Remembering the first years pre-autism

I visited a new adult neurologist yesterday who specializes in autism to try to transition my daughter Lily from her pediatric neurologist.  As Lily has seizures, it helps to have a neurologist with the relevant experience.

For the first time in many years I was asked about when the autism was first diagnosed and whether there had been any regression.  Recounting for the doctor those early months of life when everything seemed so filled with possibility, I remembered Lily as a newborn with her sweet breast milk smell and how perfect she was to me.  Even when I examined her so carefully and saw some skin and hair patterns that I vaguely remembered from a  medical school lecture to be associated with abnormalities of the limbic system, I still thought she was perfect.  Her pediatrician, a young doctor like me, recently finished with his residency training program, also thought she seemed perfect. He did say that she was exceedingly strong and strong-willed, too!  She received all the required shots available in 1986 with only a little mother’s worry about adverse reactions.

I was a teeny, tiny bit worried when she was ever so slightly slow in meeting her developmental milestones.  She was still with in the normal range, though, and so no one was worried.  She loved to look at books and was very social.  When she met a friend’s baby at 6 months she crowed gleefully in her face.  The other baby girl cried.

Then we moved to Maine so that I could start my new medical practice. Our new pediatrician saw no problems at all our check ups.  Lily began the usual baby babble and had several words like “doggy” “daddy” mummy” “cat” “juice” etc. that she would gleefully point to in person and in books.  We thought that she was very smart, indeed!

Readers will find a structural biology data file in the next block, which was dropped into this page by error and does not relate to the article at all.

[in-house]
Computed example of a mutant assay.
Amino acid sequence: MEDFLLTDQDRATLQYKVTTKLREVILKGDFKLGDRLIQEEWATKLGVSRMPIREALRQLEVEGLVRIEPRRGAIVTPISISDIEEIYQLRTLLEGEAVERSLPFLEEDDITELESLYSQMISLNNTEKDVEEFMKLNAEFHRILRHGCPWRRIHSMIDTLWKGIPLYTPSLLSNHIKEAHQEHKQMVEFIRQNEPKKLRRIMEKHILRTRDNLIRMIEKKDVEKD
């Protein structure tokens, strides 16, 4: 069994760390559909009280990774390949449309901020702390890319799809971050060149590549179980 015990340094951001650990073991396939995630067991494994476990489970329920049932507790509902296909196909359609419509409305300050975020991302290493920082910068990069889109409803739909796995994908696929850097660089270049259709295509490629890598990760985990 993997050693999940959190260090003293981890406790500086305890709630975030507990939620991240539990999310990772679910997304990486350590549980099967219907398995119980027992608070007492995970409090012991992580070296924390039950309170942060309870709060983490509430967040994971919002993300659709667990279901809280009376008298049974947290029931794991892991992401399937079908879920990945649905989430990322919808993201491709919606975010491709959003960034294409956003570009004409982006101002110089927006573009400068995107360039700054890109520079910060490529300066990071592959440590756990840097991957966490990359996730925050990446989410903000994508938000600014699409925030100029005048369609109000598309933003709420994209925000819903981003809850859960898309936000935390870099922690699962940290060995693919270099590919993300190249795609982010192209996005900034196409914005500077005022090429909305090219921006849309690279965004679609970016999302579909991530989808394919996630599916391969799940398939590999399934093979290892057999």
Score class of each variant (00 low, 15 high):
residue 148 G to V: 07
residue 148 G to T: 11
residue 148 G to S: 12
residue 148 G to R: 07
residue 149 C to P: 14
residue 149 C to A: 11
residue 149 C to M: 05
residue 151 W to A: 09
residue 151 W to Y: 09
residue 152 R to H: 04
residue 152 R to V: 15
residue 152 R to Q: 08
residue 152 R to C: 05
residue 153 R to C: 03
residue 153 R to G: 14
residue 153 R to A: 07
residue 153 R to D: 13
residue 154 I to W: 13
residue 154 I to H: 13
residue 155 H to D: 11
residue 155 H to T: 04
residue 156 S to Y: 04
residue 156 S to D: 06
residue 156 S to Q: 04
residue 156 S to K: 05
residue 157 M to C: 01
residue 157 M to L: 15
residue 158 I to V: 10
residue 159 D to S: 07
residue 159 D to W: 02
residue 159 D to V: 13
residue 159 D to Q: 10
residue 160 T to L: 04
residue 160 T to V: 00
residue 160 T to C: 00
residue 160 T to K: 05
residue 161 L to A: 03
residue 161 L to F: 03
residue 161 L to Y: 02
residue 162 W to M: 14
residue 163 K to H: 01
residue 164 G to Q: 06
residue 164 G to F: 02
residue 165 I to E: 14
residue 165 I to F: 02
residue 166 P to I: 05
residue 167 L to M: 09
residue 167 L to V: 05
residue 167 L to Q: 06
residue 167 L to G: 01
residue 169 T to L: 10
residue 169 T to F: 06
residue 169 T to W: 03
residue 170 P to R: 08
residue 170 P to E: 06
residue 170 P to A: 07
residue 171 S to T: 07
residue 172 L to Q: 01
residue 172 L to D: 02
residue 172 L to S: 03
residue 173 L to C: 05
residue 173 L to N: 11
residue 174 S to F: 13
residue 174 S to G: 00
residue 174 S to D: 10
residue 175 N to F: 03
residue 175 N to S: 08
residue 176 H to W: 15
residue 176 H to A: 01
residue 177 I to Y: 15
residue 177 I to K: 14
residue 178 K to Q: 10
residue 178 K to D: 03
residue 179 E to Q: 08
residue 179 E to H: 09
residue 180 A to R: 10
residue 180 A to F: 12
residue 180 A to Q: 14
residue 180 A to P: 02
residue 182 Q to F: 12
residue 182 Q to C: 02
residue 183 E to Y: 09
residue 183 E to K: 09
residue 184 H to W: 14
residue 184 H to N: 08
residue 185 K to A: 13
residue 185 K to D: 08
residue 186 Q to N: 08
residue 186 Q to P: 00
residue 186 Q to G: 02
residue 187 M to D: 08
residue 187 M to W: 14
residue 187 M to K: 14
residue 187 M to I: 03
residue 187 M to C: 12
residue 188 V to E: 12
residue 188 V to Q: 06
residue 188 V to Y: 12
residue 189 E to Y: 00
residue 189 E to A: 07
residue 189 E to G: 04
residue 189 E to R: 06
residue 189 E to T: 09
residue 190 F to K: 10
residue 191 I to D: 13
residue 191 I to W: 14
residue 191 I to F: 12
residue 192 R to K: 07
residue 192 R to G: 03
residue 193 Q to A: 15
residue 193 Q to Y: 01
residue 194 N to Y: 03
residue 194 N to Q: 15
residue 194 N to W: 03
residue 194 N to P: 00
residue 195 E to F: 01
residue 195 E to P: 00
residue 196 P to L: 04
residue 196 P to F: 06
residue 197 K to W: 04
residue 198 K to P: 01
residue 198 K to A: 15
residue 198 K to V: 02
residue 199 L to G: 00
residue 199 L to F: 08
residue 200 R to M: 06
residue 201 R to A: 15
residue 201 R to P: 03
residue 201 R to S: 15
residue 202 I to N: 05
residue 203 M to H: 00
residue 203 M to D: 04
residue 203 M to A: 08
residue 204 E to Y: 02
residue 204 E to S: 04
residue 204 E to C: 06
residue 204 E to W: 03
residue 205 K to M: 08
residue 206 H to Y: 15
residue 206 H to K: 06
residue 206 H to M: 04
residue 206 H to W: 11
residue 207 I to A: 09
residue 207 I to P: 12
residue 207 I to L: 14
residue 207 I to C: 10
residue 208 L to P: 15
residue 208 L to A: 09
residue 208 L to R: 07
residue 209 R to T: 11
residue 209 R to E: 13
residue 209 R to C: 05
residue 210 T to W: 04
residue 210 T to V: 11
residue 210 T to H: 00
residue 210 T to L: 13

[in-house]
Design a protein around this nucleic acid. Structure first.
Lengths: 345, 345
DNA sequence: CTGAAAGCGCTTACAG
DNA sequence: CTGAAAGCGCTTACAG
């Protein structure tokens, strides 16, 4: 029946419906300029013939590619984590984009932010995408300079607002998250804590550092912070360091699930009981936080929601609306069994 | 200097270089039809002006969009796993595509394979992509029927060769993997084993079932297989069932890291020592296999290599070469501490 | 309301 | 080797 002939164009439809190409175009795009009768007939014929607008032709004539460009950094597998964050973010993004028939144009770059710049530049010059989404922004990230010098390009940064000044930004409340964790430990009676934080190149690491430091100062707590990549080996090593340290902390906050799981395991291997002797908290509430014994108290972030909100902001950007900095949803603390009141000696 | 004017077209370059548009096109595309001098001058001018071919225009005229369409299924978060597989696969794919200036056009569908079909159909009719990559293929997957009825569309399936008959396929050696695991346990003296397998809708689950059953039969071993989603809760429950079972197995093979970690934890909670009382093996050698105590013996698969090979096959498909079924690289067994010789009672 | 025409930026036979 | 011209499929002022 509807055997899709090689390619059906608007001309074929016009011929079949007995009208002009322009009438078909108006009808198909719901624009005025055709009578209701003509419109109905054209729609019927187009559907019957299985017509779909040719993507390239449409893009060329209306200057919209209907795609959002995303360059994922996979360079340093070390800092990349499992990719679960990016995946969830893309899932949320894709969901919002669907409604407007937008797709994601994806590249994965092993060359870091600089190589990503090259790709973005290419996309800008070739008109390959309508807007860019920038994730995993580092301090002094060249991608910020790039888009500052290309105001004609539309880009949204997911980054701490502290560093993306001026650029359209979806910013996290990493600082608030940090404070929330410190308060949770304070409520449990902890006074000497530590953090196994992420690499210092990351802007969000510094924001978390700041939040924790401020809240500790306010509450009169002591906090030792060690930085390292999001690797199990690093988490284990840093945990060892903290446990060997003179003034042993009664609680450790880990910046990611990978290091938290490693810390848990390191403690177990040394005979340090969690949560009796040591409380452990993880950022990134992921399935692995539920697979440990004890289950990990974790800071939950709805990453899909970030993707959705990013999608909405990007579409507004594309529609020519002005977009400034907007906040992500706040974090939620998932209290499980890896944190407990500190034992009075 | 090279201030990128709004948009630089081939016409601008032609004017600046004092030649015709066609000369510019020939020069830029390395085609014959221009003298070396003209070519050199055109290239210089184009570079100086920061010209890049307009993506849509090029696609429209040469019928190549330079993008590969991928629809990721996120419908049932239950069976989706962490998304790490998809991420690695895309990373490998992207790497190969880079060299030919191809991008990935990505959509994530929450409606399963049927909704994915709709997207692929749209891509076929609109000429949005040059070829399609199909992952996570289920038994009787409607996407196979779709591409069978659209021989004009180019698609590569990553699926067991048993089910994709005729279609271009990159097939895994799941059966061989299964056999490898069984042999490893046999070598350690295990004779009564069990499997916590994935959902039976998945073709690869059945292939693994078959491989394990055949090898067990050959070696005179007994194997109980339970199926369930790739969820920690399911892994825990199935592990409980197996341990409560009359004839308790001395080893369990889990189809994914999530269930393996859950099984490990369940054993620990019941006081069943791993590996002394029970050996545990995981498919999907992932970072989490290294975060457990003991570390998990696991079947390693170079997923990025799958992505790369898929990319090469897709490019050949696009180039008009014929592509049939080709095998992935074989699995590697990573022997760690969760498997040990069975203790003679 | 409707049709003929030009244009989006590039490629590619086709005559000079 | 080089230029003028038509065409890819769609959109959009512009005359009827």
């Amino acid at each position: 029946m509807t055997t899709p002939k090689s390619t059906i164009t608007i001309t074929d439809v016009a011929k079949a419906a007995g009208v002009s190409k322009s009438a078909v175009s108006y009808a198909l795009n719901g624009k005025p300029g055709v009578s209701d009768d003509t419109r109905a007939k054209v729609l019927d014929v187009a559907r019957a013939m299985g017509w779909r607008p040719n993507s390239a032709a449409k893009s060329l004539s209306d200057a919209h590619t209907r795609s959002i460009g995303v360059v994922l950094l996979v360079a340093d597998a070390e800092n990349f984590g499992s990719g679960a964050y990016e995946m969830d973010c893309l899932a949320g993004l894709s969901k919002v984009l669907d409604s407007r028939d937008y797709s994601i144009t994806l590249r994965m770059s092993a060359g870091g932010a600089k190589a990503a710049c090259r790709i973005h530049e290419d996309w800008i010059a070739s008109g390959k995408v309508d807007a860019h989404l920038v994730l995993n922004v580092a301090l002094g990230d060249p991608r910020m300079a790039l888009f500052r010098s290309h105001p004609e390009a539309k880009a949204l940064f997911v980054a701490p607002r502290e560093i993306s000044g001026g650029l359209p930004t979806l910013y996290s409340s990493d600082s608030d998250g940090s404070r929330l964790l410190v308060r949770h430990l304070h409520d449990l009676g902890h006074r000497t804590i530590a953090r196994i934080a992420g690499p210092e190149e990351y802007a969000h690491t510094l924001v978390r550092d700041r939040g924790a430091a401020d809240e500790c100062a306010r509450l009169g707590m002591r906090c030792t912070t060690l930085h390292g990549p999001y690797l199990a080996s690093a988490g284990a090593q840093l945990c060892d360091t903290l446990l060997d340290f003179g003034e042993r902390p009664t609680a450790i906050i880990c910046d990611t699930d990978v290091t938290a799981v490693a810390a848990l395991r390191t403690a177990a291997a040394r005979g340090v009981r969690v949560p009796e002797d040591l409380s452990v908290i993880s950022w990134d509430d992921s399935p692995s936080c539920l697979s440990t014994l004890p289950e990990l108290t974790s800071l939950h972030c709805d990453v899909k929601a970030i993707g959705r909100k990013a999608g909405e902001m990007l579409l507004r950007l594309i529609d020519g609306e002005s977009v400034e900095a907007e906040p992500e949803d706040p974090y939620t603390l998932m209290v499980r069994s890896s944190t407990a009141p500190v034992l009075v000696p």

We were a couple of months late in giving her the MMR vaccine and when we did I wished immediately that we had not.  She developed a very high fever and began having night terrors. Then the change in behavior followed.  Her pointing to things or people became taking my hand to use as a pointer and then ceased altogether.  Her words slowly stopped and the night terrors became day terrors.  The regurgitation, diarrhea, constipation, abdominal pain and screaming fits began; terrible twos that never ended and are still here today at 24.

So, this is why I think that vaccines may play a role in the autism epidemic.  There is no way to know at the present time whether my daughter would have developed differently had she never had any vaccines.  Perhaps she did show some subtle abnormalities at birth and before, even in-utero.  We may never know or genetic studies may shed some light on these issues in the future.

She is still my perfect baby girl no matter what.

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